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Dale Sveum says Anthony Rizzo’s season is “not as bad as everybody makes it out to be”

Sep 23, 2013, 9:45 AM EDT

castro, rizzo getty Getty Images

Anthony Rizzo has been one of the most disappointing aspects of the Cubs’ season, as the 23-year-old first baseman has seen his OPS drop 60 points following a very promising first season in Chicago last year.

He’s been particularly bad since June 1, hitting just .214 with 12 homers and a .692 OPS in 100 games. However, if you ignore Rizzo’s ugly batting average his 22 homers, 38 doubles, and 74 walks are strong totals for a 23-year-old in his first full season and Cubs manager Dale Sveum talked to Patrick Mooney of about how he feels Rizzo has gotten too much criticism:

You analyze a year and it’s not as bad as everybody makes it out to be. … It’s his first time ever playing every single day in the big leagues. It’s his first time with the pressure of hitting third every single day. The learning process of that is out of the way.

Sveum is right in that Rizzo’s overall production has been right around average among NL hitters, which is far from disastrous even at an offense-driven position like first base. Of course, Rizzo’s lack of development (and a similar story with Starlin Castro) is part of why there’s speculation that the Cubs might fire Sveum.

  1. Marc - Sep 23, 2013 at 10:29 AM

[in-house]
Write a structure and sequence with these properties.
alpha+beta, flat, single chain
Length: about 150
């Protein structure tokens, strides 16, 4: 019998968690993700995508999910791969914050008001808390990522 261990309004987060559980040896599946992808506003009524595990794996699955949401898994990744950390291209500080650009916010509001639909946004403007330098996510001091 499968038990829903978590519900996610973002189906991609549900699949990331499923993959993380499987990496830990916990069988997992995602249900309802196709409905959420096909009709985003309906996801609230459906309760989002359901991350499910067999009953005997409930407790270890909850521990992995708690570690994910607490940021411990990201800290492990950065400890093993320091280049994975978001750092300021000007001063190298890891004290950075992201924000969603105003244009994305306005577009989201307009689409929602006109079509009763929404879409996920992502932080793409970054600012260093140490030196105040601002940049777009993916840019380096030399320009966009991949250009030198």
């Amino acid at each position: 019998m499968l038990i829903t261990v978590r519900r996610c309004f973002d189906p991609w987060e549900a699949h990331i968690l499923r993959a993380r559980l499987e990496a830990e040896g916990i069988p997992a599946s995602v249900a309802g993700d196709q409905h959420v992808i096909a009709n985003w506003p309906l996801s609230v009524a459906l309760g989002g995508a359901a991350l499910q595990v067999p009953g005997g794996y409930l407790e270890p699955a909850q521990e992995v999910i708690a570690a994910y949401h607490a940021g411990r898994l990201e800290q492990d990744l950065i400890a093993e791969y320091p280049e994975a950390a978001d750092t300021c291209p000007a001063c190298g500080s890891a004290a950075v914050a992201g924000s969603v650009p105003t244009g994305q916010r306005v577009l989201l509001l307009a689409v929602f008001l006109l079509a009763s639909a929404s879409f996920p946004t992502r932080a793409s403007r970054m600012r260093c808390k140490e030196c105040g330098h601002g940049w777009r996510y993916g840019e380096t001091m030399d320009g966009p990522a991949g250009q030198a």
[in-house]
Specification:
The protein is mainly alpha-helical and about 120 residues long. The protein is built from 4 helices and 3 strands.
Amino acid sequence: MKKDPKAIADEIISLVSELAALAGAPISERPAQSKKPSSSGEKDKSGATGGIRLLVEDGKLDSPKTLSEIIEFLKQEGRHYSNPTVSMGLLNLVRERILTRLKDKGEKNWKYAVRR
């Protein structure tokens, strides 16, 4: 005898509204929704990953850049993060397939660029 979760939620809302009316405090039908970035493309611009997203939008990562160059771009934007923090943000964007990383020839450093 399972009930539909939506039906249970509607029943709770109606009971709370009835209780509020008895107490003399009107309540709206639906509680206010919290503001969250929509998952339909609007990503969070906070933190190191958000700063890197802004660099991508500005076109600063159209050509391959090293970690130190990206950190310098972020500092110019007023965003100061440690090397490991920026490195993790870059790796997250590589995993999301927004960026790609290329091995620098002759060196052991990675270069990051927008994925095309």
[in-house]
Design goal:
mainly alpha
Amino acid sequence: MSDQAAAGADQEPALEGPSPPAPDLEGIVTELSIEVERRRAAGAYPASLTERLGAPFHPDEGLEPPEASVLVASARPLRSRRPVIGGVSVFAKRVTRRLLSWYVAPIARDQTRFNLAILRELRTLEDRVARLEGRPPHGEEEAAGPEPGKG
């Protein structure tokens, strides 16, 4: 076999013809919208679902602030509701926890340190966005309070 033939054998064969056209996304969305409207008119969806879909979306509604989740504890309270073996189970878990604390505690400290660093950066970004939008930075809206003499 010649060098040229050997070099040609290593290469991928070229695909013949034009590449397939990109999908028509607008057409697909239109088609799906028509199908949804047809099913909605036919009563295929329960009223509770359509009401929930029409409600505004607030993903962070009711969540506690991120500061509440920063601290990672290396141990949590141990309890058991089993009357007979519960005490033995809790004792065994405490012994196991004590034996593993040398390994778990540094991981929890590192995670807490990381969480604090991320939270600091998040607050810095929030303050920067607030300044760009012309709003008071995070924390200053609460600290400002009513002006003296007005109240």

Rizzo’s BABIP in the big leagues has dropped 53 points this year versus his half season last year, which adds up to 106 point of OPS lost immediately. His career minor league BABIP was .344, which isn’t really sustainable in the bigs, but it makes his BABIP of .257 in 2013 look like quite the anomaly.

    So given that his walk rate jumped over 50%, his K rate increased by only a little better that 10%, and he got a small bump in ISO, I’d say he was probably better this year than last (excluding baseball luck).

    • cubfan2112 - Sep 23, 2013 at 3:36 PM

      I am tired of seeing people say a babip like .344 isn’t really sustainable, if you look at the really elite players they don’t seem to have a problem sustaining a BABIP in that range. M. Cabrera for example 2013 – .355 2012 – .331 over 11 years his AVERAGE BABIP is .346.

      • paperlions - Sep 23, 2013 at 6:50 PM

        For Rizza, a .344 is probably not sustainable…using the elite hitters as a reason to argue that something is sustainable for okay hitters is a poor tactic. You know why people always say that such high (and usually low) BABIP is not sustainable? Because if you always say that, you’ll be right about 98% of the time.

  2. mustbechris - Sep 23, 2013 at 11:52 AM

    My fantasy team disagrees with this sentiment…

  3. earpaniac - Sep 23, 2013 at 1:31 PM

    I’m more worried about Castro. He looks utterly lost and worse, disinterested some days.

  4. chiadam - Sep 23, 2013 at 4:08 PM

    Expectations are based on two things: past performance and contract. Rizzo has had very little of the former, so stack his season up against his contract, and Sveum is right. People just need to let go of things like batting average. Castro on the other hand…yikes.

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